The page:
- The Washington Times - Tuesday, January 10, 2006

ANNAPOLIS — State lawmakers say the upcoming elections will only intensify long-standing partisan wrangling in the General Assembly over such key issues as same-sex “marriages,” election laws and eminent domain.

“It will be very brutal,” said Sen. Ida G. Ruben, Montgomery Democrat and the Senate’s president pro tem. “Last year was pretty bad, and I suspect this year, the partisanship situation will be that much more devastating.”

The Democratic-controlled legislature is expected to start the session today by attempting to override at least two vetoes by Gov. Robert L. Ehrlich Jr., a Republican facing fierce competition from Democrats this year in his bid for re-election. The voting is expected to begin tomorrow.

The votes will target Mr. Ehrlich’s veto last year of a bill increasing the minimum wage from $5.15 to $6.15 an hour and one requiring large businesses to pay employee health insurance.

House and Senate leaders are confident that they can secure the three-fifths majority vote needed to reverse the vetoes, despite nearly unanimous opposition by Republicans.

Democrats outnumber Republicans 2-to-1 in the legislature.

Supporters of the wage increase say it will improve the standard of living for the working poor. Supporters of the mandated health-insurance coverage — the so-called Wal-Mart bill — say it will protect employees of large corporations.

Mr. Ehrlich and other opponents of the bills say they will cost the state jobs. They say that a higher minimum wage will force small businesses to eliminate jobs at the bottom of the wage scale and that the Wal-Mart bill will drive big business out of state, including jeopardizing Wal-Mart’s plan to open a region distribution center in job-starved Somerset County.

The parties also will face off over the budget, particularly how to use a projected $1.7 billion surplus on requests such as transportation, school funding and increased pension benefits for teachers and state employees.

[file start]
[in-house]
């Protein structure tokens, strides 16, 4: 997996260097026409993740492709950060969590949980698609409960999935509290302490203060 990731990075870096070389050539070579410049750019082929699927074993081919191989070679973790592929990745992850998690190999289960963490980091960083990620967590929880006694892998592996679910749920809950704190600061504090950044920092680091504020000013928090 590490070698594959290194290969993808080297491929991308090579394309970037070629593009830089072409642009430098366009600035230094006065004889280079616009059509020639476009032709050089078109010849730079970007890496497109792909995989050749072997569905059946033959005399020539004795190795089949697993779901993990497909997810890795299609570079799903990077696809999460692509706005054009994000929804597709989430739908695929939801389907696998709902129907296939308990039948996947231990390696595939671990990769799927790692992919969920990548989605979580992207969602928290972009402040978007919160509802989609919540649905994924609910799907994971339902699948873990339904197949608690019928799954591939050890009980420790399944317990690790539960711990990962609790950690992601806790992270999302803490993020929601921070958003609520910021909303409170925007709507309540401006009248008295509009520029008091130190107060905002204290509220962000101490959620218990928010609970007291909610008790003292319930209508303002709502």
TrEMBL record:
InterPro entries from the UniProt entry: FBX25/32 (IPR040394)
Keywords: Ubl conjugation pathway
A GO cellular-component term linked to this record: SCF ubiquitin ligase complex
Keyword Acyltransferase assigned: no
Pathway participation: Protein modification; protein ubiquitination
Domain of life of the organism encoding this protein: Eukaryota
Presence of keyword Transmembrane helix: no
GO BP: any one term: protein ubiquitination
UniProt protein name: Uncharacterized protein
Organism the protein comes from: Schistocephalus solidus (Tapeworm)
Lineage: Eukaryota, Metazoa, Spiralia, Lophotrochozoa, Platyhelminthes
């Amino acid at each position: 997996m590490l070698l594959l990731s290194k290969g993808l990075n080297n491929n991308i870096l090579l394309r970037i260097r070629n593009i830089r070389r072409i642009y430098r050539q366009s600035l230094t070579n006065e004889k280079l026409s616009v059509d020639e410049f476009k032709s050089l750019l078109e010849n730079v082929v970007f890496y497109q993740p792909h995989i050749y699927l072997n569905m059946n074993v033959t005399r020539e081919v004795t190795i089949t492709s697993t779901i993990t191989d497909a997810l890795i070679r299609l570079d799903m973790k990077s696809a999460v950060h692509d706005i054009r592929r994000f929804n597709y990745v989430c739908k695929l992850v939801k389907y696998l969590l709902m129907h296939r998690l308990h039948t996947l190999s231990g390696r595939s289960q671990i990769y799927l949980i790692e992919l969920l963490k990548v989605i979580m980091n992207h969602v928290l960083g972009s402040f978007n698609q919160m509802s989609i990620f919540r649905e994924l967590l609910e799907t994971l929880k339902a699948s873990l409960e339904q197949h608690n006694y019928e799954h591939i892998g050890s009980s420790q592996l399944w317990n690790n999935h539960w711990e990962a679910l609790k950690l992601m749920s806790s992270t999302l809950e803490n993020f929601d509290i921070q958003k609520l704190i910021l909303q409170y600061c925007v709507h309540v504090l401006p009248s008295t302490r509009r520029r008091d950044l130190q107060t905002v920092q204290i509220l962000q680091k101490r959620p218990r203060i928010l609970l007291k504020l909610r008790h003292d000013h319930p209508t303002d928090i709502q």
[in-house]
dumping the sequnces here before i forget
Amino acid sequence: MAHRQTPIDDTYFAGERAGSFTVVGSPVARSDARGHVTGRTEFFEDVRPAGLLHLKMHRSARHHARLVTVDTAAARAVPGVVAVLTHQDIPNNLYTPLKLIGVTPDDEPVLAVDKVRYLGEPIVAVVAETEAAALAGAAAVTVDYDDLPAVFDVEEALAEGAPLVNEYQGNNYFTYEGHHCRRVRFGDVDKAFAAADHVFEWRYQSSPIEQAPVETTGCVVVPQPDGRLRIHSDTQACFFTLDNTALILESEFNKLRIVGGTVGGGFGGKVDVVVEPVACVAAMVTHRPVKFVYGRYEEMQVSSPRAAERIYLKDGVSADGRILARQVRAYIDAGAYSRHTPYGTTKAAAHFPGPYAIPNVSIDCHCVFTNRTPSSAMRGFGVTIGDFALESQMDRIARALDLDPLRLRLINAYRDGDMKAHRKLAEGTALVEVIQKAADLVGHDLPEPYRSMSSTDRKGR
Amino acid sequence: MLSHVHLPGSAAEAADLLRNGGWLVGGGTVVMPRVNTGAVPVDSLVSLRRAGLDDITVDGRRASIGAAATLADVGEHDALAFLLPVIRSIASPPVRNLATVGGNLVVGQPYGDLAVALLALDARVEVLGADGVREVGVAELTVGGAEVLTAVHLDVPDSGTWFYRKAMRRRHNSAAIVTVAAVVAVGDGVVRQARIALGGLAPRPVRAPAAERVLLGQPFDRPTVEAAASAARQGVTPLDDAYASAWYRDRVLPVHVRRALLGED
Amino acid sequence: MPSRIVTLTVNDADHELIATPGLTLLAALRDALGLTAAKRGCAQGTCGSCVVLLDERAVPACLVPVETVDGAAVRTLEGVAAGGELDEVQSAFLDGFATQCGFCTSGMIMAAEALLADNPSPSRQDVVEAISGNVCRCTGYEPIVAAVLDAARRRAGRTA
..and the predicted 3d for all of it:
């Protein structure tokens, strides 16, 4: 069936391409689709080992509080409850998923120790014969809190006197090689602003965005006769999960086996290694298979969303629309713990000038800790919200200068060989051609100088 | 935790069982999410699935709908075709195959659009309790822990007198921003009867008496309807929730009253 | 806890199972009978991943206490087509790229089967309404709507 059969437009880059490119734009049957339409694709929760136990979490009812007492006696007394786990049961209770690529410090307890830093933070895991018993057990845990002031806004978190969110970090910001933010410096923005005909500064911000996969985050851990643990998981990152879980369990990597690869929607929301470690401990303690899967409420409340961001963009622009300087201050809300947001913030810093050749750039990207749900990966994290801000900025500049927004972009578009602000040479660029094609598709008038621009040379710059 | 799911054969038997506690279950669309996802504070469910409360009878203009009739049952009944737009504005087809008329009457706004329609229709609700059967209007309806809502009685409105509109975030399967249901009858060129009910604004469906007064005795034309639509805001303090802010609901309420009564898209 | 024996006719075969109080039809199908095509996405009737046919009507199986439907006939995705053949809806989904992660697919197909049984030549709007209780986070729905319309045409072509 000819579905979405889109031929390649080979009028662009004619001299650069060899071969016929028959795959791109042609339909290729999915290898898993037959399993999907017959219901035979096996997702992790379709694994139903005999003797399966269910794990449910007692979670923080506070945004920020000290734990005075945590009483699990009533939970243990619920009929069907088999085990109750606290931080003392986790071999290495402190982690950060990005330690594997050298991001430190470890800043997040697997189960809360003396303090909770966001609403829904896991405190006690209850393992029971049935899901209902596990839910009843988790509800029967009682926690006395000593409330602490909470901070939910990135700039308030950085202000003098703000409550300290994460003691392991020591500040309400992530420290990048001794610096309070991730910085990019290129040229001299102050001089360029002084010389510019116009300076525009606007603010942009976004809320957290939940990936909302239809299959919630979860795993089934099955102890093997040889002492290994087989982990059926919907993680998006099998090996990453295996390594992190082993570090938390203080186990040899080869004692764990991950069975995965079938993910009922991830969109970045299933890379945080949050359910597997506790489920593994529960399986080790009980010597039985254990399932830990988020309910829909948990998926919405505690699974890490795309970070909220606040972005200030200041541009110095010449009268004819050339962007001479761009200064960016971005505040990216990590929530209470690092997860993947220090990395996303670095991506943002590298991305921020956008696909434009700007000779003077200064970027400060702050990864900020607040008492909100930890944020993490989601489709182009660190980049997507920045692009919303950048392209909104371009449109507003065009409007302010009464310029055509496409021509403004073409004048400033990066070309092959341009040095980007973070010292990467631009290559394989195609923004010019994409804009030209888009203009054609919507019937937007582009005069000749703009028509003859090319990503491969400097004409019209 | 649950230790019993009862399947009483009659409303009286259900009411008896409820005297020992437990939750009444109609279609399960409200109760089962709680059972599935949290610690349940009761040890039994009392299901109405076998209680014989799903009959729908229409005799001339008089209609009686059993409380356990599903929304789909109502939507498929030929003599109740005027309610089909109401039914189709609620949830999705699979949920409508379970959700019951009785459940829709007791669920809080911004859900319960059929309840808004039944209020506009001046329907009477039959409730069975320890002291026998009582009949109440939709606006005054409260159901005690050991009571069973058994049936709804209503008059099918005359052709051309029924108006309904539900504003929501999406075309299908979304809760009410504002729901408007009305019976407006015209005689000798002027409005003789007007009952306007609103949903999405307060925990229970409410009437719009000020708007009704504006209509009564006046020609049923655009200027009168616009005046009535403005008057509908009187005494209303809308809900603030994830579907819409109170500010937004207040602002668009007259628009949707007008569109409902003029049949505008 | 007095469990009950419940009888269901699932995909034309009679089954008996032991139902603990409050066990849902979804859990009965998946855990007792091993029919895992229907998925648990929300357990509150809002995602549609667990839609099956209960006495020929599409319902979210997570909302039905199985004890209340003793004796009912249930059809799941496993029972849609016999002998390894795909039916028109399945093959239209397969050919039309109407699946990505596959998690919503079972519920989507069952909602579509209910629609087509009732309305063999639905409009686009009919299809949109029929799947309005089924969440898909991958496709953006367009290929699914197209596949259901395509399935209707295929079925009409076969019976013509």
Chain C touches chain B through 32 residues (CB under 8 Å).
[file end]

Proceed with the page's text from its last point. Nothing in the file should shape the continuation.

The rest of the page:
Mr. Ehrlich this week proposed spending nearly $90 million of the surplus to cut the property-tax rate by 2 cents — to 11.2 cents per $100 assessed value.

The cut would erase nearly half of the 4.8-cent rate increase that Mr. Ehrlich helped pass in 2003 to help close a $2 billion budget deficit inherited from Gov. Parris N. Glendening, a Democrat.

Lawmakers typically are reluctant to deny constituents a tax cut in an election year for fear of losing votes. However, some key Democrats have already voiced opposition to a property-tax reduction.

Partisan disagreement is also expected over Democrats’ efforts to restore voting rights for felons and expand protections against voter intimidation at the polls.

Senate Minority Whip Andrew P. Harris, Baltimore County Republican, said that such changes are “not necessary” and that they “open the election process to fraud.”

Republican lawmakers will likely face opposition to a constitutional amendment they have proposed to restrict state power to seize private property for economic-development projects. The amendment would limit eminent domain authority to projects for roads, parks, schools and some government-sponsored redevelopment projects.

Republican leaders have called the constitutional amendment one of their chief legislative priorities this year.

It aims to address the U.S. Supreme Court decision in Kelo v. New London, Conn., which is widely viewed as an expansion of eminent domain powers.

“There will be resistance to putting it on the ballot,” Mr. Harris said. “I don’t think the Democrats want what they see as a Republican issue on the ballot.”

Democrats are expected to oppose a Republican constitutional amendment to ban homosexual “marriage.”

Maryland law already defines marriage as a union of a man and a woman. However, a Baltimore Circuit Court judge is considering a lawsuit that says the law is discriminatory.

Supporters of the constitutional amendment say it is needed to protect traditional marriage from such court challenges.

Democratic lawmakers have blocked past attempts to get the question on the ballot.

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